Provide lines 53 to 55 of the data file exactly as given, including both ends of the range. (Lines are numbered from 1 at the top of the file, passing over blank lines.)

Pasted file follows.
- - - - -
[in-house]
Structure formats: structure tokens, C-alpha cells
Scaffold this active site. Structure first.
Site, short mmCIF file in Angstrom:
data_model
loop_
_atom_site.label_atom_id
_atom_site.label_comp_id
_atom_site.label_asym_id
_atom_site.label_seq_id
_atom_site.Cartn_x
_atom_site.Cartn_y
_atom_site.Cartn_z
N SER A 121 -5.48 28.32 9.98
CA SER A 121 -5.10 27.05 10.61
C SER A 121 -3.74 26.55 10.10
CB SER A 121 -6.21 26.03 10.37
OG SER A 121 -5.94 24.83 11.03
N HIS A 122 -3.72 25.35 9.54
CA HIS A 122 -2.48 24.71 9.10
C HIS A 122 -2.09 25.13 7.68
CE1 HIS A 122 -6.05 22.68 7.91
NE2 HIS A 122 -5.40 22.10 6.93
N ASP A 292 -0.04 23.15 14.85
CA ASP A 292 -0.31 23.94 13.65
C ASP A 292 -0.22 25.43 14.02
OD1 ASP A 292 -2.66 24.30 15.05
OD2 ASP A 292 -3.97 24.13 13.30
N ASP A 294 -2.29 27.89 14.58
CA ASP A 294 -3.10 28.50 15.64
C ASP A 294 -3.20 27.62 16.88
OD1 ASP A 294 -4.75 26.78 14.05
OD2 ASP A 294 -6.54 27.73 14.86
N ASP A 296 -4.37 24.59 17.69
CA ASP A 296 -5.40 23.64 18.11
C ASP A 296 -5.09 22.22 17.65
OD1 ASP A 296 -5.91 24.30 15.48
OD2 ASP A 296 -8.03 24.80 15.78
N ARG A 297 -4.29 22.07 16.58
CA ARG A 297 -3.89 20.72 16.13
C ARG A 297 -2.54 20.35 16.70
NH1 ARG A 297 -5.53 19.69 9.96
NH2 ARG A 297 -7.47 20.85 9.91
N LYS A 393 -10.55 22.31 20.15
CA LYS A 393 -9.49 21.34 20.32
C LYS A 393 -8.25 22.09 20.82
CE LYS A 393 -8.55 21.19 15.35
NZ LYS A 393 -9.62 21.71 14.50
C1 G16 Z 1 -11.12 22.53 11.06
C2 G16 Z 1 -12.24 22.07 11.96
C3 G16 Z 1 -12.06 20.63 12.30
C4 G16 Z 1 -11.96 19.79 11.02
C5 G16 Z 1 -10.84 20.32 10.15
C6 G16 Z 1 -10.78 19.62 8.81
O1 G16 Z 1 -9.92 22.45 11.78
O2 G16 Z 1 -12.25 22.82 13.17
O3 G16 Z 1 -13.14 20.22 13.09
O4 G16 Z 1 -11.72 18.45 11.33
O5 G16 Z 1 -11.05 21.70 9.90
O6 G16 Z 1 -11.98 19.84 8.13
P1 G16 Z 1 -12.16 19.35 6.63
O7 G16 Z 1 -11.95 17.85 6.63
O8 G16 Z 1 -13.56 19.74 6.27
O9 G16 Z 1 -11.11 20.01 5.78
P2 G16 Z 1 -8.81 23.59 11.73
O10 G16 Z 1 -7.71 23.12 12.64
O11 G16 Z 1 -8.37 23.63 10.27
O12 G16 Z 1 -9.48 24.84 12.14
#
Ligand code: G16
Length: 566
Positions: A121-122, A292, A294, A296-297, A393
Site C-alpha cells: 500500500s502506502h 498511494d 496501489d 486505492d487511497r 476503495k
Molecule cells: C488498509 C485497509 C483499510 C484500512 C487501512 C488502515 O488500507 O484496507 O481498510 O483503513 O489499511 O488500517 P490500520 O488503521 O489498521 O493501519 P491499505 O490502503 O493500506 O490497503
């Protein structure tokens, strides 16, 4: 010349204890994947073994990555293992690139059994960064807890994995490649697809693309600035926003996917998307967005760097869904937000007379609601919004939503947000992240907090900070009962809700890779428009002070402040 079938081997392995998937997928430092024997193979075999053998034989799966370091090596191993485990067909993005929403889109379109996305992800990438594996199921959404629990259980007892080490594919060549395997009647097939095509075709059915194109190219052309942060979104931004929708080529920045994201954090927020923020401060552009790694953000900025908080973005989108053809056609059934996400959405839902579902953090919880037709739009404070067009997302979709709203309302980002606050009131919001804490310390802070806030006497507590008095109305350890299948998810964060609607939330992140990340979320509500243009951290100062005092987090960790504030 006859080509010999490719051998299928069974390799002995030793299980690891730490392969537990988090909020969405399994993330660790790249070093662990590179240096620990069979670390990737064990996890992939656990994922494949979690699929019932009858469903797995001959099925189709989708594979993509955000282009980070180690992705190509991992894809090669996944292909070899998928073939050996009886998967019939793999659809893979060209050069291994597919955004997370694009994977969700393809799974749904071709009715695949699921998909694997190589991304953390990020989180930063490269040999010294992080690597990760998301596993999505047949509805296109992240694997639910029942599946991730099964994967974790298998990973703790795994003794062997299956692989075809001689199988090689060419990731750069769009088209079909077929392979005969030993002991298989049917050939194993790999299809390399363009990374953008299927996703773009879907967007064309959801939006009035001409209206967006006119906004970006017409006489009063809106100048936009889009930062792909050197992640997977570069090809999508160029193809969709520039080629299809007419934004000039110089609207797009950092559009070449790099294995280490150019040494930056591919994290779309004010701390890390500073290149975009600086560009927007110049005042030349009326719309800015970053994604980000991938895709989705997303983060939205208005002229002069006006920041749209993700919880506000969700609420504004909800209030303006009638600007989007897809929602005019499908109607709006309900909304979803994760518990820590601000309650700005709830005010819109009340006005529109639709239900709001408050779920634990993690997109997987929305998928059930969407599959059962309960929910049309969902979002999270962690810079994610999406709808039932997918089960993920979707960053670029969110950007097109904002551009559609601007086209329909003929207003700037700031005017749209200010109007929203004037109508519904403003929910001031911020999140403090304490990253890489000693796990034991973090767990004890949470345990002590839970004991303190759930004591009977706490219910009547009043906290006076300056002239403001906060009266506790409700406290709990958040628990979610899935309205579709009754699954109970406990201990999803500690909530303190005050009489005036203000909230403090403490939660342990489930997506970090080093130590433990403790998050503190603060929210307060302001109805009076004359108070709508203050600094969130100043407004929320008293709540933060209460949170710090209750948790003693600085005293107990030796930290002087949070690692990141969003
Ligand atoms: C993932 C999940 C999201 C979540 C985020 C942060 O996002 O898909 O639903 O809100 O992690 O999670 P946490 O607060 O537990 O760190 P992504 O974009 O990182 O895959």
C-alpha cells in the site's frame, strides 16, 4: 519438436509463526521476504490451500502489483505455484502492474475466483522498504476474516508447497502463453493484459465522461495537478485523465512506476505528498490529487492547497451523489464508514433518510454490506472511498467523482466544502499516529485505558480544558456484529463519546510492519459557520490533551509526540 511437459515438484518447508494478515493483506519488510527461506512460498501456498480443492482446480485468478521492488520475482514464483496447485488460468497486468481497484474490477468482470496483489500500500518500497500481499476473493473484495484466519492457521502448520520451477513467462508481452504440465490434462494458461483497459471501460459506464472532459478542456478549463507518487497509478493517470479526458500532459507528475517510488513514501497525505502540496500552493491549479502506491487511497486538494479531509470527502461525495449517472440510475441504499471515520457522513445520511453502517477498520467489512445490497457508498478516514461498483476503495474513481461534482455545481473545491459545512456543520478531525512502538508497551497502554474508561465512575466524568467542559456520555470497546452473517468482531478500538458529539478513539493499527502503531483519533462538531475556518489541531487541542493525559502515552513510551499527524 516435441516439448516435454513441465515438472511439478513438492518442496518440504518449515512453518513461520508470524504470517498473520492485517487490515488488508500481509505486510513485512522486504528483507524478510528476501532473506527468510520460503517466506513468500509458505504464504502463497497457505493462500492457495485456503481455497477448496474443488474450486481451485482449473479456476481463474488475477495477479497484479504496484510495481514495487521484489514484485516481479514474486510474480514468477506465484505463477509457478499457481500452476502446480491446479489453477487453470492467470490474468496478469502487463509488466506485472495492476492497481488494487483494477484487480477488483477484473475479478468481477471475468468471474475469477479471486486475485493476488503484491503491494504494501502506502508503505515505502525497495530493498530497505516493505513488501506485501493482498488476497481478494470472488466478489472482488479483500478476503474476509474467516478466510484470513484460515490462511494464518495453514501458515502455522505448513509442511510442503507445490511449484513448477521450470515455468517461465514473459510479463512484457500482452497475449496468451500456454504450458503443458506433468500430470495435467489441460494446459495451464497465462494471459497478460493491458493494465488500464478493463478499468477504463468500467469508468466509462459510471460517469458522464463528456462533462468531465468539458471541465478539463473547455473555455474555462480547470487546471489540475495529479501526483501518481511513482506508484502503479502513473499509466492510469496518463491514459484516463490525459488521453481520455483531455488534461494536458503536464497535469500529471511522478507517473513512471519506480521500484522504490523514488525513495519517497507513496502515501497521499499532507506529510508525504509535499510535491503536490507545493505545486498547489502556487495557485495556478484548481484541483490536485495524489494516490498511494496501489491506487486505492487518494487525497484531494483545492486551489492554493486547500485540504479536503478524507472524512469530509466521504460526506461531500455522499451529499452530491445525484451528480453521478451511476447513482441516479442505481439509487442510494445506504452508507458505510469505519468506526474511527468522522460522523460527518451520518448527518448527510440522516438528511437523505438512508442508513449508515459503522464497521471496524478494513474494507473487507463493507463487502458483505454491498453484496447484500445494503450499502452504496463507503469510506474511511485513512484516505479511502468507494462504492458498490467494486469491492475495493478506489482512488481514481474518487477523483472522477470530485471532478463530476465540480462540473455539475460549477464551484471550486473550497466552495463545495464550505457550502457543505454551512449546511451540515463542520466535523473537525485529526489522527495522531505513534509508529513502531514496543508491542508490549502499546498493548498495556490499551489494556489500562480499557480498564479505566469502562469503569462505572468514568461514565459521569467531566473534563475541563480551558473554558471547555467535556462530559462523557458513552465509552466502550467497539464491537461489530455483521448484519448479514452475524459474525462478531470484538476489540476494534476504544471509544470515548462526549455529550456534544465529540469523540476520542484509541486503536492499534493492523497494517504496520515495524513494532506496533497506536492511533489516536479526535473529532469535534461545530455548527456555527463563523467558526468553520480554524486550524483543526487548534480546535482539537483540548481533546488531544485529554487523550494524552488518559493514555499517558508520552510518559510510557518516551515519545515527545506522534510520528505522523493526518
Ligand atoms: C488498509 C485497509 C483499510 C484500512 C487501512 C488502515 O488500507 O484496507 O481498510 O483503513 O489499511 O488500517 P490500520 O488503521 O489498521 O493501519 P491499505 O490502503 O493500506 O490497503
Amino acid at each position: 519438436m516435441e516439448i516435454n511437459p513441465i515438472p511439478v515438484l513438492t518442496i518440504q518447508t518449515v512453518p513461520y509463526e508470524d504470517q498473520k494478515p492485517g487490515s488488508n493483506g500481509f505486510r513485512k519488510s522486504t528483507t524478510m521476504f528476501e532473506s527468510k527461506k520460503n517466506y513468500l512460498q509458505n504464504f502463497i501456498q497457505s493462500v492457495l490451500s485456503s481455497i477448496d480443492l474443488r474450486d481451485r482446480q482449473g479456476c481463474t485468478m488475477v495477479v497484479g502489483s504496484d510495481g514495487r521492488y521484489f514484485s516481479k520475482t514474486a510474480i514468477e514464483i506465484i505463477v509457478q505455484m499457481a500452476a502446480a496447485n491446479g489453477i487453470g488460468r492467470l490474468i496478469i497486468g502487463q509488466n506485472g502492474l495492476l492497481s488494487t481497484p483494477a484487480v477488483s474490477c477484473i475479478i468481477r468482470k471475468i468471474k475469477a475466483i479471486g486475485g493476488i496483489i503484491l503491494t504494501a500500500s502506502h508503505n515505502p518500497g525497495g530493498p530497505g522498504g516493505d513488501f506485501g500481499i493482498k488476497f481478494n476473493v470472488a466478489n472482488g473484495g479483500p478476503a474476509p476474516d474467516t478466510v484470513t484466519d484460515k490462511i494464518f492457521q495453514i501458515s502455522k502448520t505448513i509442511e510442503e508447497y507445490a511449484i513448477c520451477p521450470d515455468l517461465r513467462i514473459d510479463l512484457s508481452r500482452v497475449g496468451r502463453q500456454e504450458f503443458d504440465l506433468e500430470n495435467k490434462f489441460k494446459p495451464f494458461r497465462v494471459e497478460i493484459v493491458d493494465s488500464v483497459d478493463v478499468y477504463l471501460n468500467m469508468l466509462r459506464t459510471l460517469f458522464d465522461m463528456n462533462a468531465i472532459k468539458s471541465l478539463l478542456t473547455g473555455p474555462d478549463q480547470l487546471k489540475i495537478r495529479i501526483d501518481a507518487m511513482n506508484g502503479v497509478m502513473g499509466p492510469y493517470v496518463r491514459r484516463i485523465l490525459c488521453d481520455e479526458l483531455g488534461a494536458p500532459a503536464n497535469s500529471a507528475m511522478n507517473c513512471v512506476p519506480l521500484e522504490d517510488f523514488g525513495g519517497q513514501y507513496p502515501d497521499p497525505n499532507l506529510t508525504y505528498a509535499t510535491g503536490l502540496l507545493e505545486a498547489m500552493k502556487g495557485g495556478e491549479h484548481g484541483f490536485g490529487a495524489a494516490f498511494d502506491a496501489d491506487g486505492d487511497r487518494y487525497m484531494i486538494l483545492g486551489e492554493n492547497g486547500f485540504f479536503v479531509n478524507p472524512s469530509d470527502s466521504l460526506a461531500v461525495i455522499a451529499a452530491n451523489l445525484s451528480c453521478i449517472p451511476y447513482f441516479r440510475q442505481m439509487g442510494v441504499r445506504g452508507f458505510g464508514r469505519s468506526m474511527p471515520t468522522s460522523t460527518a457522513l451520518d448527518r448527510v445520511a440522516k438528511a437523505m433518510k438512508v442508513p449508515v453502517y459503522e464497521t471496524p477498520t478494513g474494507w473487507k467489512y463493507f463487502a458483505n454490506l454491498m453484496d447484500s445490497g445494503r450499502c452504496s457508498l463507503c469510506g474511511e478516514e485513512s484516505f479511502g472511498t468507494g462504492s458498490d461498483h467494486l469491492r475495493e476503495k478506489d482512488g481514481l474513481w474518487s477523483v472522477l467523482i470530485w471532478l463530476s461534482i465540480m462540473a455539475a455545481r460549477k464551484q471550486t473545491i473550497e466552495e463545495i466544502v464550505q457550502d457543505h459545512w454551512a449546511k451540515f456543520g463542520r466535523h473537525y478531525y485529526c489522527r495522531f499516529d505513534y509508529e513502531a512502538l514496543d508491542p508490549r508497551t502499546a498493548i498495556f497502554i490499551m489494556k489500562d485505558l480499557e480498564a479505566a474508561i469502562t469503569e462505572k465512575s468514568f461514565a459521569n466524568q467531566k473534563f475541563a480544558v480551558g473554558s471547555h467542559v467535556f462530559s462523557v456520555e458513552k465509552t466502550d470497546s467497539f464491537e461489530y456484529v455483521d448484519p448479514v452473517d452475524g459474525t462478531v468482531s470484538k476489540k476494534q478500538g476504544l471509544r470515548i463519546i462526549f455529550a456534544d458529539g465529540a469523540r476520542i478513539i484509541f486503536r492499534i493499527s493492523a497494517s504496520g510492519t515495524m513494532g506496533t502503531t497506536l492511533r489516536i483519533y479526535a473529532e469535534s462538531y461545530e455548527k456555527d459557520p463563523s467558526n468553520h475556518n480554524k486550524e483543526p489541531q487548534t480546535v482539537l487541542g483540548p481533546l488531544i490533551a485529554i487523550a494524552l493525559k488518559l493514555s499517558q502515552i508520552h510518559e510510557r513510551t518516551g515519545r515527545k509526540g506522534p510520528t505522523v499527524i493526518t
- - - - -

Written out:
C5 G16 Z 1 -10.84 20.32 10.15
C6 G16 Z 1 -10.78 19.62 8.81
O1 G16 Z 1 -9.92 22.45 11.78